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Shooting of Andrew Brown Jr. was justified, district attorney says

District Attorney Andrew Womble shared the results of an NCSBI investigation into Brown's death. He said the deadly deputy shooting was justified.

PASQUOTANK COUNTY, N.C. — District Attorney Andrew Womble released the results of a state investigation into the death of Andrew Brown Jr., calling the deputy shooting justified.

“While tragic, the shooting of Mr. Brown was justified due to his actions," Womble said. He went on to say that Brown’s actions “caused three deputies to reasonably believe it was necessary to use deadly force to protect themselves and others.”

Brown was shot and killed by Pasquotank County sheriff's deputies on April 21 after law enforcement officials tried to execute a search warrant at a home in Elizabeth City. Investigators planned to take him into custody after gathering evidence and confirming that he sold drugs in Dare County.

Womble dove into the details of what the North Carolina State Bureau Investigation found when the agency looked into the shooting and Brown's death. During a Tuesday morning press conference, he presented images and videos from separate police body camera footage of the scene.

RELATED: District attorney shows body camera videos of Andrew Brown Jr.'s death during press conference

Womble said deputies didn't start shooting at Brown until after Brown tried to flee the scene in his car and they shouted commands at him to stop. As deputies surrounded his vehicle, Brown did try breaking their formation and driving through them to get away.

Once he started driving, disregarding deputy commands, shots were fired at the car. Womble stated and maintained throughout the press conference that Brown used the car as a deadly weapon.

Authorities have looked into law enforcement personnel records, ballistic reports, witness testimonies, a crime scene report and bodyworn camera footage as well as other evidence to get to the bottom of this investigation.

A medical examiner's report that was used in this investigation showed that Brown was shot twice -- once in his shoulder and then another shot to the back of his head at the base of his skull. 

The medical examiner also found multiple abrasions on his right arm and right leg that were superficial shrapnel wounds. Womble also said a bag containing a white substance consistent with crystal meth was found in Brown's mouth. The cause of Brown's death was listed as multiple gunshot wounds.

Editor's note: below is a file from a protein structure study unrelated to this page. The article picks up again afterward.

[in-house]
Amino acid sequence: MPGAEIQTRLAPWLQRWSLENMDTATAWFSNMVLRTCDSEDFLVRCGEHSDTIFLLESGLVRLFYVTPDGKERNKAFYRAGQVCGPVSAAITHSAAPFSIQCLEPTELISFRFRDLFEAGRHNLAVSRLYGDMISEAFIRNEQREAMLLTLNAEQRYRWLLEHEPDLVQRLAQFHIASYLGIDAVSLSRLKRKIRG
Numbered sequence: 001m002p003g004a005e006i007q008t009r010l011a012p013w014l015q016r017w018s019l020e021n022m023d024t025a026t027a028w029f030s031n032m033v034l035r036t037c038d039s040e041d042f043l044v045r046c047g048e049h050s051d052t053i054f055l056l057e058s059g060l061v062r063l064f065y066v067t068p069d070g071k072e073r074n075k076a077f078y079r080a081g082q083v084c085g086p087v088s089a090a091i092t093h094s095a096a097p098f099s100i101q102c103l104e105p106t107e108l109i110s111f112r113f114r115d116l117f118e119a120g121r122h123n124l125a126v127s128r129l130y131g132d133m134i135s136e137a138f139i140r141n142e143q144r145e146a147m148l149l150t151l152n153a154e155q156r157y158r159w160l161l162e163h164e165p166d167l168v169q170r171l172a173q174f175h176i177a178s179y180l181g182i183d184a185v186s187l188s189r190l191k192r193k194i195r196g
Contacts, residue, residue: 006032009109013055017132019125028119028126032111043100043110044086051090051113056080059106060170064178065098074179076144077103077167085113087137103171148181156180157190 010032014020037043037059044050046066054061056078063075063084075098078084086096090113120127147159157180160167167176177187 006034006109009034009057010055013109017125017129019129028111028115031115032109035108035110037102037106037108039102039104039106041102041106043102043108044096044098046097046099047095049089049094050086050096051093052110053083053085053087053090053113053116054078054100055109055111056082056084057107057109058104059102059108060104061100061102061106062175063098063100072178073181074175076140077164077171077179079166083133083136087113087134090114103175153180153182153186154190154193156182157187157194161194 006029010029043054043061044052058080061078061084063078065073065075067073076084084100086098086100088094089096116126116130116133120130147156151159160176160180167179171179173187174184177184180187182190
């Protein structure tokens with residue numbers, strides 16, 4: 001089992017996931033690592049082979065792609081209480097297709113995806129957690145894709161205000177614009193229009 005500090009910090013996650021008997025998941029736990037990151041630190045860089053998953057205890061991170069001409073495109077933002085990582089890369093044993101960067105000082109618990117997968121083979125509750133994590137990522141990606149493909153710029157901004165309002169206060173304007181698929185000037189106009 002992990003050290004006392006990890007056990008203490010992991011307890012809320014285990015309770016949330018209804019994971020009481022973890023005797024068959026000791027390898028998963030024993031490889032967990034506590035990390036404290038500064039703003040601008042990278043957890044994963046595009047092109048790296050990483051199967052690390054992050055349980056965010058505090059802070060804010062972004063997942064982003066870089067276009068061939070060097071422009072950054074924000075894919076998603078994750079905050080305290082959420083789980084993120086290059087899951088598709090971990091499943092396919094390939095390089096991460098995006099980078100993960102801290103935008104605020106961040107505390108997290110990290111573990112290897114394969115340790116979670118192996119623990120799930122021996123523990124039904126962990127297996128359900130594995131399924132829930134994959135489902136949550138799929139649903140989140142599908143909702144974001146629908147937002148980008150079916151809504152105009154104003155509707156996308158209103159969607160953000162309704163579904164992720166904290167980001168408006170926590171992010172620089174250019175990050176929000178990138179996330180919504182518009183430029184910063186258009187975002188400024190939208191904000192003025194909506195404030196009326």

Previously, Brown family attorneys delivered the results of an independent autopsy which found that Brown was shot five times -- four times in his right arm and then another time in the back of the head.

Womble said Brown was attempting to evade arrest before, during, and after the shooting and that the deputies acted reasonably during the incident. He continued to say that there's no evidence that the deputies shot at Brown excessively. No officer involved in the incident will be criminally charged.

Pasquotank County Sheriff Tommy Wooten, II released a video statement after the press conference. In it, he said the deputies will keep their jobs but will be "disciplined and retrained."

"We can do better," Wooten said, noting that two deputies did not turn on their body cameras and the team should have had EMS near the scene. 

Following Womble's press conference on Tuesday, attorneys for Brown's family released the following statement:

"Andrew Brown Jr., his grieving family, and this community deserve answers. And they received anything but from D.A. Womble's attempt to whitewash this unjustified killing. To say this shooting was justified, despite the known facts, is both an insult and a slap in the face to Andrew's family, the Elizabeth City community, and to rational people everywhere. Not only was the car moving away from officers, but four of them did not fire their weapons - clearly they did not feel that their lives were endangered. And the bottom line is that Andrew was killed by a shot to the back of the head. Interestingly, none of these issues were appropriately addressed in today's press conference.

"We demand that the court release the full video and State Bureau of Investigation report that will help shed some much needed daylight on this case and bring a small measure of justice to this family and this community. Because we certainly got neither transparency nor justice today. We request that the Federal Department of Justice intervene immediately."

On Tuesday afternoon, North Carolina Governor Roy Cooper said a federal investigation should be conducted.

"Public confidence would have been better served with a special prosecutor and by quickly making public the incident footage," Cooper said in a statement. "Our state should pass specific laws to increase transparency, confidence and accountability in the justice system."

North Carolina Attorney General Josh Stein also issued a statement, offering sympathies for the Brown family and calling on the courts to allow the full release of dash and body camera video of the shooting.

Sheriff Wooten also said he filed a new petition for the public release of the unredacted videos on Tuesday afternoon.

You can read the full text of the investigation documents from Womble's office here: